In PROC GLM, A letter B always appears next to each parameter estimate that is associated to a categorical variable indicating the estimates are not uniquely estimable. The analyst needs to look at the estimable functions to determine whether or not a linear dependence exists between the categorical variables. In CASE 1, all parameters, including the linear combination of parameters, are estimable. In CASE 2, the parameters for Drivetrain (All, Front, Rear) and Cylinders are not jointly estimable. Either Cylinders or Drivetrain needs to be removed from the model.

3)

Multicollinearity Problem: When independent variables are highly correlated in the model, the results from t-test and F test may contradict each other and the parameter estimates may have opposite signs from what are expected. Solution: Calculate the coefficient of correlation between each pair of numeric independent variables in the model. If one or more correlation coefficients are close to 1 or -1, the variables are highly correlated and a severe multicollinearity problem may exist; remove one of the correlated independent variables in the model.

CODE PROC CORR DATA = cars ; VAR Cylinders EngineSize Horsepower Length MPG_City MPG_Highway Weight Wheelbase ; RUN ; OUTPUT

Cylinders

Engine Size 0.908

Horse power 0.81

Length

MPG City -0.684

MPG Highway -0.676

Weight

Wheel base 0.547

Cylinders

0.548

0.74

Engine Size

0.908

0.787

0.637

-0.709

-0.717

0.81

0.637

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Horse power Length

0.81

0.787

0.382

-0.677

-0.647

0.63

0.387

0.548

0.637

0.382

-0.502

-0.466

0.69

0.889

MPG City MPG Highway Weight

-0.684

-0.709

-0.677

-0.502

0.941

-0.74

-0.507

-0.676

-0.717

-0.647

-0.466

0.941

-0.79

-0.525

0.742

0.808

0.631

0.69

-0.738

-0.791

0.761

Wheel base

0.547

0.637

0.387

0.889

-0.507

-0.525

0.76

In Step 2. Model Adequacy, the parameter estimate for MPG Highway is -46.41969. It should be positive because MPG supposedly adds values to a vehicle. In the correlation matrix, it shows that MPG City and MPG Highway are highly correlated (0.941) because both variables measure mileage per gallon (MPG). A severe multicollinearity problem exists if the variance inflation factors (VIF) for the than 10. are greater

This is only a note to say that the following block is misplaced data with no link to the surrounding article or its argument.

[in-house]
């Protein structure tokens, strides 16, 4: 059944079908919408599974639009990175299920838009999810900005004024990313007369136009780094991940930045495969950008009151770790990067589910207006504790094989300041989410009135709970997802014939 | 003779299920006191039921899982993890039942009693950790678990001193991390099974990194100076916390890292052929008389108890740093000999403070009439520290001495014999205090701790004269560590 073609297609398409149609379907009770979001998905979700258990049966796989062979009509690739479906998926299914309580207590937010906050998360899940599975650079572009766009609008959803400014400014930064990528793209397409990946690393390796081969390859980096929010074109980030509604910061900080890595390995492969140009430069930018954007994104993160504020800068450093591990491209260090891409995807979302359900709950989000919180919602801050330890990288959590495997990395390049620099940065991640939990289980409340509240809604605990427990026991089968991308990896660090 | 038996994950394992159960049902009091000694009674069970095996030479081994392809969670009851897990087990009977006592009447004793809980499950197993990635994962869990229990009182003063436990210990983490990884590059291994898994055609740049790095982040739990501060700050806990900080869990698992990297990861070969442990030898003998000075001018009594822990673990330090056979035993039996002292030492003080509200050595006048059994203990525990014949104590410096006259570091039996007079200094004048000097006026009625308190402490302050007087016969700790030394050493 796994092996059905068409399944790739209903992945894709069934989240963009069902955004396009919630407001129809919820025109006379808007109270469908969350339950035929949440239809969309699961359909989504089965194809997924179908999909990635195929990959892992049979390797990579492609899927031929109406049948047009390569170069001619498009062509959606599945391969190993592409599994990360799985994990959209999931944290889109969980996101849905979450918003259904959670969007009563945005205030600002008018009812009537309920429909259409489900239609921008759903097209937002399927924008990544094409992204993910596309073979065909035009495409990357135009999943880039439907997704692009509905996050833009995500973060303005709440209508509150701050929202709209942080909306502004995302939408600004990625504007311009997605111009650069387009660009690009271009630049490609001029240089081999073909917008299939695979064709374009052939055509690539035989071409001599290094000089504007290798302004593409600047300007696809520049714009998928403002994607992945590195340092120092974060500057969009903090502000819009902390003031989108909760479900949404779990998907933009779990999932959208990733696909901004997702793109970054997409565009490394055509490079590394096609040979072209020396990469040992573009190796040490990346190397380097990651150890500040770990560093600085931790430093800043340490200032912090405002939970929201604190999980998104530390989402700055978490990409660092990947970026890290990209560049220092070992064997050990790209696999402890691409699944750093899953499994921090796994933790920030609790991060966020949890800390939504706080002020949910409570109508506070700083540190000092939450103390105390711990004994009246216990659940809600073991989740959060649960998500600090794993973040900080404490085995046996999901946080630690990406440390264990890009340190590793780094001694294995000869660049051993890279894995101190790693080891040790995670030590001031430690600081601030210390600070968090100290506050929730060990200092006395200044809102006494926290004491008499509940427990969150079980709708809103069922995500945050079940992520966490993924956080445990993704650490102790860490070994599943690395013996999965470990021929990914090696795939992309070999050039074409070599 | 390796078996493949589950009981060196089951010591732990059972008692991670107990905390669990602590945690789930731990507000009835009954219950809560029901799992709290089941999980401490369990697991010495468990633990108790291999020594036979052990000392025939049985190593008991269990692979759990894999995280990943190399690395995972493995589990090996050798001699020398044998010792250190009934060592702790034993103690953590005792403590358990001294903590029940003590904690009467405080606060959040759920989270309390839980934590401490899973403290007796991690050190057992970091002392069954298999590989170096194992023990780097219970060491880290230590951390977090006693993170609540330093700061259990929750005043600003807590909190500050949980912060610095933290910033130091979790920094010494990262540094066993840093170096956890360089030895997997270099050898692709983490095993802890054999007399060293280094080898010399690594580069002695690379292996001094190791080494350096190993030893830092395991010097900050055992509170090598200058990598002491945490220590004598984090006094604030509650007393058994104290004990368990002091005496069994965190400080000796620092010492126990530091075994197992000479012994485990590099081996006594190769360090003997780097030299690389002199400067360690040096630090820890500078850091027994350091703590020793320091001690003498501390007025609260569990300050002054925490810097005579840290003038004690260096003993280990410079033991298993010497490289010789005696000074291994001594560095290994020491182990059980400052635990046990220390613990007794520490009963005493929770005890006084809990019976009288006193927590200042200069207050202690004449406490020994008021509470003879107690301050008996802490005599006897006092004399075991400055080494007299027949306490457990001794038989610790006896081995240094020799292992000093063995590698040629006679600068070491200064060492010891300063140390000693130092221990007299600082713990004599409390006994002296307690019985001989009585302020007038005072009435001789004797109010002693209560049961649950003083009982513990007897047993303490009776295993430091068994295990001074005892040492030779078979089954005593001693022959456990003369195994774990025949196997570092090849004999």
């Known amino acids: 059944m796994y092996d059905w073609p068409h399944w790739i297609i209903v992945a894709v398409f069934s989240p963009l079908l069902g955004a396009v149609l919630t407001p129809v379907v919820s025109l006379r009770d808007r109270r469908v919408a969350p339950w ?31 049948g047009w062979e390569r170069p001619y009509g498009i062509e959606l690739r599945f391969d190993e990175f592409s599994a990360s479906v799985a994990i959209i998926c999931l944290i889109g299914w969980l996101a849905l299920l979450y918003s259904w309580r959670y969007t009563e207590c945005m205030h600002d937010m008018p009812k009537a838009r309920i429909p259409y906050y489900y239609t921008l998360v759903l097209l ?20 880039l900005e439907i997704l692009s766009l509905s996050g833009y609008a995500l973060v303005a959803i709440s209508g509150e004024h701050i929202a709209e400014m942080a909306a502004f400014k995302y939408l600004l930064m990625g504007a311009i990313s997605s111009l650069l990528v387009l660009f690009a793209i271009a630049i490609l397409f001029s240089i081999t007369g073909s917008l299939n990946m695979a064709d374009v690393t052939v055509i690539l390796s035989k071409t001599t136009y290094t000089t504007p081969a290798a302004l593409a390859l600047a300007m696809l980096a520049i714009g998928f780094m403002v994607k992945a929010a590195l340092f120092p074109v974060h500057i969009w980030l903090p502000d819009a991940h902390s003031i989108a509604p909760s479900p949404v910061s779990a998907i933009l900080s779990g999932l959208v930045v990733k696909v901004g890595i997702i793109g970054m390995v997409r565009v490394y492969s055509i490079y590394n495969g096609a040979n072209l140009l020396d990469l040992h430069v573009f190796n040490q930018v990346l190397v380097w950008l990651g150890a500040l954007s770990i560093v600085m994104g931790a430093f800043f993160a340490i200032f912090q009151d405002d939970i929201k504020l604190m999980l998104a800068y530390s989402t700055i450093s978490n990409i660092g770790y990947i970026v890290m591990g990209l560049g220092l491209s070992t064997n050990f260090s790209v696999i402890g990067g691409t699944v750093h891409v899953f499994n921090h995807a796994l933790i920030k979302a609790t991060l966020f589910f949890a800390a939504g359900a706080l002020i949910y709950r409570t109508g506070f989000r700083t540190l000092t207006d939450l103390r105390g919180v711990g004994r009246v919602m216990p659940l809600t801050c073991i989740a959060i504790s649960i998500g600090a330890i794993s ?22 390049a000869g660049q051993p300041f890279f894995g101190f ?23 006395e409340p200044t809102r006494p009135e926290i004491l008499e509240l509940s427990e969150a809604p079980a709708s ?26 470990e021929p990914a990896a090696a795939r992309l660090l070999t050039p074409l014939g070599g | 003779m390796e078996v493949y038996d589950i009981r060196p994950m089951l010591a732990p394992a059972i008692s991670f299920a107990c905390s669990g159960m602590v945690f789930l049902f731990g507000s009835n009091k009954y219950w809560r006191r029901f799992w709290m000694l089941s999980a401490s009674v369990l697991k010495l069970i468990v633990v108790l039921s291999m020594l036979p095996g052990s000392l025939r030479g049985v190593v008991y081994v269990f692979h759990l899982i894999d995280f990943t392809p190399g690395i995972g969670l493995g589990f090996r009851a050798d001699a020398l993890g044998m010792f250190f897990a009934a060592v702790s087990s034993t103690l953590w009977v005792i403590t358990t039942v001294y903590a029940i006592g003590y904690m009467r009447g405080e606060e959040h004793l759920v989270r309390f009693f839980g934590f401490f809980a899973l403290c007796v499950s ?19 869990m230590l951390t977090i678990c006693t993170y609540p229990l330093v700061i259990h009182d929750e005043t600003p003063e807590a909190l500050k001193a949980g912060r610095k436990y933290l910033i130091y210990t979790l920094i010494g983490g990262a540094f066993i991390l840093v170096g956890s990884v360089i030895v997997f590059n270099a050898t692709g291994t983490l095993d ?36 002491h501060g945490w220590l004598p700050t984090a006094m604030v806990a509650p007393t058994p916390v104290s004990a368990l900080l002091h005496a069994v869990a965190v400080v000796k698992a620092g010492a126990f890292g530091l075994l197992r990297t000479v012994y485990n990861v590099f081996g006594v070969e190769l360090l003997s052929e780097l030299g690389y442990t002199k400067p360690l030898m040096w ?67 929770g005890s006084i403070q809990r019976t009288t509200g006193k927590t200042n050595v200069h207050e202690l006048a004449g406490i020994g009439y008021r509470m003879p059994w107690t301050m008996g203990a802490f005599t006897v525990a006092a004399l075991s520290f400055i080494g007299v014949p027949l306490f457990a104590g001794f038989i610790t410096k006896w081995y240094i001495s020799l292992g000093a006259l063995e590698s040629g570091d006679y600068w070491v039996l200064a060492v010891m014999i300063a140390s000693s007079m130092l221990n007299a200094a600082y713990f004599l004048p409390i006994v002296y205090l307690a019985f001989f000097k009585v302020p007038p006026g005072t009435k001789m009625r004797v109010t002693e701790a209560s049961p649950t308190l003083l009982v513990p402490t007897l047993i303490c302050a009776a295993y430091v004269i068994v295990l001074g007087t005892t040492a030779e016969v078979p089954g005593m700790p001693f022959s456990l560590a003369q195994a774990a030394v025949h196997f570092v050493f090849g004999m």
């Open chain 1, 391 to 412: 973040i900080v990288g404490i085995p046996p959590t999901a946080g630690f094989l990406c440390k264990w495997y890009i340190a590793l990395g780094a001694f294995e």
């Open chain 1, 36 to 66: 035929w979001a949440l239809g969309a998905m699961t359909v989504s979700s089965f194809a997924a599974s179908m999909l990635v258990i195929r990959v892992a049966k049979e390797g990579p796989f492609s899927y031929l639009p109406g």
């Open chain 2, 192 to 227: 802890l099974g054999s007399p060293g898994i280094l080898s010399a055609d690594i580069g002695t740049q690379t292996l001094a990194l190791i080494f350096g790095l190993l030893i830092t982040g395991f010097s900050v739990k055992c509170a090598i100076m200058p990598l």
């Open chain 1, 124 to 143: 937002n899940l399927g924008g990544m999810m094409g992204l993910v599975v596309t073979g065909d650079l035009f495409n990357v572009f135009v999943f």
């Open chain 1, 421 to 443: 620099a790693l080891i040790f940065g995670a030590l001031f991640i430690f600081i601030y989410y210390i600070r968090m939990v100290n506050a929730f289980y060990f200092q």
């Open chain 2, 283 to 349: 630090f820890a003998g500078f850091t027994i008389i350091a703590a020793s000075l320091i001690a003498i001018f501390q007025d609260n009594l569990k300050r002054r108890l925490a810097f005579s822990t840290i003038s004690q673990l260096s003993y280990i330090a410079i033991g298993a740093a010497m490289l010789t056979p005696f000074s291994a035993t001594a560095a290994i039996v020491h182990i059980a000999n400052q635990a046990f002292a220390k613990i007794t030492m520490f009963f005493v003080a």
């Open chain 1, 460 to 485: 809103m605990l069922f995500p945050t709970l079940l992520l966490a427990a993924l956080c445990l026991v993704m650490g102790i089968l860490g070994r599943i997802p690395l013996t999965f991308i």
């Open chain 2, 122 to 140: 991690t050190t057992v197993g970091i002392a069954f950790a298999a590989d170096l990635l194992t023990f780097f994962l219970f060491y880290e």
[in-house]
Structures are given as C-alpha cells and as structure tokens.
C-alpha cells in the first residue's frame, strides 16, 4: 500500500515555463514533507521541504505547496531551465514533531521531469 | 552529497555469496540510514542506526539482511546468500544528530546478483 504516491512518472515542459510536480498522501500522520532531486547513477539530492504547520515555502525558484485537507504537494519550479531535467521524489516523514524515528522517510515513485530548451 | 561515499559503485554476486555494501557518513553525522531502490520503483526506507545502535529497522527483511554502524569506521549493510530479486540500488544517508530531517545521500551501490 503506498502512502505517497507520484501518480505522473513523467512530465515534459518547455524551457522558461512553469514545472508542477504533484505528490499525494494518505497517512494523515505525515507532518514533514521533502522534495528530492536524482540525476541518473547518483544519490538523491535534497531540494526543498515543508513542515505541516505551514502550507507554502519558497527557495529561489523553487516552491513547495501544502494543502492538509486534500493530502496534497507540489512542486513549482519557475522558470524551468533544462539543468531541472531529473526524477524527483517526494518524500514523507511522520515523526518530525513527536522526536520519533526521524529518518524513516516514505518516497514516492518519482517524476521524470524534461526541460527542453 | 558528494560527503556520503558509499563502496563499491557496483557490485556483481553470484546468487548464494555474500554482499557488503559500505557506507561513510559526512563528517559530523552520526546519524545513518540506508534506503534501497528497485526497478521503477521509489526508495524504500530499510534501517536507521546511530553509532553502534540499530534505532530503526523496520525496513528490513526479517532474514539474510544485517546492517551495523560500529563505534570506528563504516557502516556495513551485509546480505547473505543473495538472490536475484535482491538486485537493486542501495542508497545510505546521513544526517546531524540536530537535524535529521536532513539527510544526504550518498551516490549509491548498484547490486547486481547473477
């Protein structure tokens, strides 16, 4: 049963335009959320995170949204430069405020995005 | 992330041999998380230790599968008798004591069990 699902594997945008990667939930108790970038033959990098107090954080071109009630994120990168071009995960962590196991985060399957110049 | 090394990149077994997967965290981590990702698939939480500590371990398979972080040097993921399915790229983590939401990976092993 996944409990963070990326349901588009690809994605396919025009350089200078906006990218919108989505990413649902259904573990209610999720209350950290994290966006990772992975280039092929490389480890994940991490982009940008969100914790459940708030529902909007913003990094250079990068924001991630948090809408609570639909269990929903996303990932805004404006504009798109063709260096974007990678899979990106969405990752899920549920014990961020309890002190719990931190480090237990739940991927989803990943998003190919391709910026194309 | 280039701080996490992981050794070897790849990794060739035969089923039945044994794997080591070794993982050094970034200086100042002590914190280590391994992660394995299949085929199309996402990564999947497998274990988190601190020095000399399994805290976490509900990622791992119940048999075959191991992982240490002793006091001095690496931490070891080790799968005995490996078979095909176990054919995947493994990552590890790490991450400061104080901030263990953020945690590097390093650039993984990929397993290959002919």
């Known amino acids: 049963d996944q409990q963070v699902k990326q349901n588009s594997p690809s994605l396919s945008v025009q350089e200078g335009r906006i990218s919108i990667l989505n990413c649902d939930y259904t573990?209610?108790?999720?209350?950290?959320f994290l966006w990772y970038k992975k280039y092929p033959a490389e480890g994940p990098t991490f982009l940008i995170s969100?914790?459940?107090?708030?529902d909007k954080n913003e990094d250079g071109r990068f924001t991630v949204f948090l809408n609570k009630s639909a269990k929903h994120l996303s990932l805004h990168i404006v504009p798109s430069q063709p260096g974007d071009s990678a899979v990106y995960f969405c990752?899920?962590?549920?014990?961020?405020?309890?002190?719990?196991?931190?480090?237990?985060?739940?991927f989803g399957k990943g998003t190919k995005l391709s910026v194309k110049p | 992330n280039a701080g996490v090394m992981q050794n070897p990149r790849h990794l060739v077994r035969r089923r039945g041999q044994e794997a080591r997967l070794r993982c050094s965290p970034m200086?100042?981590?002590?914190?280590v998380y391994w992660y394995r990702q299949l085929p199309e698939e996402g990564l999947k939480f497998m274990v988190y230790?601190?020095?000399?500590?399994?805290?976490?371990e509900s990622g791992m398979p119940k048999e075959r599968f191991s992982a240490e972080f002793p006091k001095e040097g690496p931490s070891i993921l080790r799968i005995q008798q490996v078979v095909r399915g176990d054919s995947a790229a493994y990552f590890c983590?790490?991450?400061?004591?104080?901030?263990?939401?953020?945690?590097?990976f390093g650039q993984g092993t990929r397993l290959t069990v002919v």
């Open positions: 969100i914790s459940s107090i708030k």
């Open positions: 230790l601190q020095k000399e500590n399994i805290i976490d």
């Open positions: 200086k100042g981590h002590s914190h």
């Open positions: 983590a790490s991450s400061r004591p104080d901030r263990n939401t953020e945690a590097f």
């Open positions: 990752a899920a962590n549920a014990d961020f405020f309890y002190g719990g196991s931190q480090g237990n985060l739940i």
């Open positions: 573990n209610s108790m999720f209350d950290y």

CODE PROC REG DATA = cars ; MODEL invoice = Cylinders EngineSize Horsepower Length MPG_City MPG_Highway Weight Wheelbase dummy: / VIF ; RUN ; OUTPUT
Parameter Estimate Standard Error Variance Inflation

Variable

Label

DF

t Value

Pr > |t|

Intercept Intercept 1 -32811 12311 -2.67 0.0080 0 Cylinders 1 590.26309 783.01737 0.75 0.4514 10.85209 EngineSize Engine Size (L) 1 -1137.65881 1305.37059 -0.87 0.3840 15.12228 Horsepower 1 172.61109 13.86506 12.45 <.0001 7.26089 Length Length (IN) 1 202.01271 86.25760 2.34 0.0197 11.19161 MPG_City MPG (City) 1 794.44503 354.83407 2.24 0.0258 25.27722 MPG_Highway MPG (Highway) 1 -46.41969 314.19327 -0.15 0.8826 23.80516 Weight Weight (LBS) 1 4.84787 1.69433 2.86 0.0045 12.07993 Wheelbase Wheelbase (IN) 1 -455.96249 148.61460 -3.07 0.0023 11.16877 _Acura 1 9236.02746 3464.72512 2.67 0.0080 1.41723 ------------------------------------- OMITTED RESULTS -------------------------------------------

In addition to the correlation matrix, MPG City and MPG Highway have the highest variance inflation (25.27722 & 23.80516) indicating a severe multicollinearity. One of the MPG variables should be removed from the model. 4) Extrapolation Problem: Predicting y outside of the range of the independent variables may give inaccurate results. 9

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5)